Several solutions were devised to address this issue:
- Wait in a blind or up a tree and let the animal approach the hunter.
- Attract an animal’s attention with an intriguing sound or smell.
- Bring your stalking closer to the animal.
We will explore the last option. Stalking can change your life physically, mentally, and, believe it or not, spiritually if you try it, whether you hunt or simply want to observe.
The lost art of stalking prey
The first and most important rule of stalking prey is to move as slowly as possible. I’m referring to the rate at which a droplet of honey oozes back down the inside of a jar.
Not only with your step. This speed applies to everything you do with your body, including blinking.
Why go so slow?
Because wild animals have a distinct way of detecting danger in the forest. When they hear a sound, they relax their vision to look for the stalker. In this viewing mode, extreme slow motion (think of the honey drop) is not detectable.
This is referred to as “ultra-slow motion” or “USM” by some hunters. A simple experiment can be used to demonstrate the effectiveness of USM.
Sit down and place the thick edge of your right hand on the ground or another mixed surface with varying tones and textures in front of you. Now fix your gaze on an object 2 feet to the left.
Allow your vision to relax to see everything within fullscreen vision without allowing your eyes to stray from that point. Begin the long, long process of closing your hand to a fist by moving your hand as slowly as humanly possible.
If you do this at the correct speed, you will not notice any movement. If you do see it, you are moving far too quickly. Self-discipline is essential. In USM, close that hand.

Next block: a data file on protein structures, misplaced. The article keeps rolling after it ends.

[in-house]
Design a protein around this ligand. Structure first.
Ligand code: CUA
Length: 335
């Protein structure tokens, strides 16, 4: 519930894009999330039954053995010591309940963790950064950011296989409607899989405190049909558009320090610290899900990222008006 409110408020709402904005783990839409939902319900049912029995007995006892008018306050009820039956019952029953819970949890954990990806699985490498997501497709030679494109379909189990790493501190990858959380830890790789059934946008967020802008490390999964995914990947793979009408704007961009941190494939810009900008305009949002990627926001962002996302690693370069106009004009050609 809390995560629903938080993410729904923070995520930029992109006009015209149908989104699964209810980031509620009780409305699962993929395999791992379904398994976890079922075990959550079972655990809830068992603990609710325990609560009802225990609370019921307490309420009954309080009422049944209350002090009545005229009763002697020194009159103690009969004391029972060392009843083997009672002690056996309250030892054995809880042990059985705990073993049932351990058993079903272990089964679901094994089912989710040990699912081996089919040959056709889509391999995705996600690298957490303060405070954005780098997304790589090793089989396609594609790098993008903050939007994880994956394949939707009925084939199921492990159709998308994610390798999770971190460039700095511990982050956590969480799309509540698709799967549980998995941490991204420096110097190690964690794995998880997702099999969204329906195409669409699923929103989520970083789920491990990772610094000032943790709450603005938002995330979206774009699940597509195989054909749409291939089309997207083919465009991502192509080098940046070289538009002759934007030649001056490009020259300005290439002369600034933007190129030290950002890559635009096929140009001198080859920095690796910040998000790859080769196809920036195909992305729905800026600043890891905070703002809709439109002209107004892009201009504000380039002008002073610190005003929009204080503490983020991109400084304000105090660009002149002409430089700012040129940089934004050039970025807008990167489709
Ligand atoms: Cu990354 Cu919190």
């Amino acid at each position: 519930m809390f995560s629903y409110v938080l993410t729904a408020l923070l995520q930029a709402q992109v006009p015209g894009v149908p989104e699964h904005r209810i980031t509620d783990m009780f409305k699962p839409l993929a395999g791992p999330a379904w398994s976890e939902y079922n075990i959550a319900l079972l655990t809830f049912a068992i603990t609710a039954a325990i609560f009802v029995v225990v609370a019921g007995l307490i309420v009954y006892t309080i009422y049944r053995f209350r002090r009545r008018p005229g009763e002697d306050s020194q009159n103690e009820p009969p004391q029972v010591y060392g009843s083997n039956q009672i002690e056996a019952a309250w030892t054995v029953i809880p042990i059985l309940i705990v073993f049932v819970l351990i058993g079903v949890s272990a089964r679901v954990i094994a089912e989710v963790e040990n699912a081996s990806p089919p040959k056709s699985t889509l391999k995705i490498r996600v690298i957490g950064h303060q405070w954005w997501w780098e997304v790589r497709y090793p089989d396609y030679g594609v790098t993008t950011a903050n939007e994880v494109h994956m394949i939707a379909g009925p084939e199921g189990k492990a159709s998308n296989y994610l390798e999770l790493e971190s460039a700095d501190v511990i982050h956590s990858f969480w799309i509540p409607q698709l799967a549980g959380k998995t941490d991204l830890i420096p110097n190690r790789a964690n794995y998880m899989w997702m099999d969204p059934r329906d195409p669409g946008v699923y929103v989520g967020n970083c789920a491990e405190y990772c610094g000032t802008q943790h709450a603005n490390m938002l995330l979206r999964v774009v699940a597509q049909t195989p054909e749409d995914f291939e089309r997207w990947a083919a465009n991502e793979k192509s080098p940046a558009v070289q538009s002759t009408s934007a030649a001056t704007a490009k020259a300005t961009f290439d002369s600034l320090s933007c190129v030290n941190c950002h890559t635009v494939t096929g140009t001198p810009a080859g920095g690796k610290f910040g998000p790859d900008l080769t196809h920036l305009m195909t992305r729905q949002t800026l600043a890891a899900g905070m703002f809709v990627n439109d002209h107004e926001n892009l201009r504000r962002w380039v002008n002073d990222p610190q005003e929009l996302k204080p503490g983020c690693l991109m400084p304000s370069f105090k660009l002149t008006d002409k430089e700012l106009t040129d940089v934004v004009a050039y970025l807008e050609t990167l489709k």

Try it again while focusing 1.5 feet away. Then one foot. You’re discovering that there’s a way to see through an animal’s vision without being detected.
Consider how much wider a visual range most prey animals have as motivation to strive for perfection in this art. For example, a deer has eyes on both sides of its head. It has twice the range of yours.
Becoming good at stalking prey
All of this sluggishness has an effect on the auditory factor. A simple step into dry leaves and twigs can generate a lot of crunchy sounds. The body weight drops all at once, resulting in an alarming signal.
USM combines all of those sounds into a long chain of tinier ticks and pops that wildlife can hear and not perceive as dangerous. A scurrying beetle, in fact, makes more noise in leaves than a skilled stalker.
A stalker must master three qualities to achieve this quieter-than-a-beetle foot planting: strength, balance, and patience. With practice, each of these aspects of stalking can be improved.
The strength factor enables your legs to function as shock absorbers. One leg supports the body, while the other foot searches for a short-distance landing zone in USM. Once found, the foot creeps to the ground and rests like a feather on top of the leaf litter.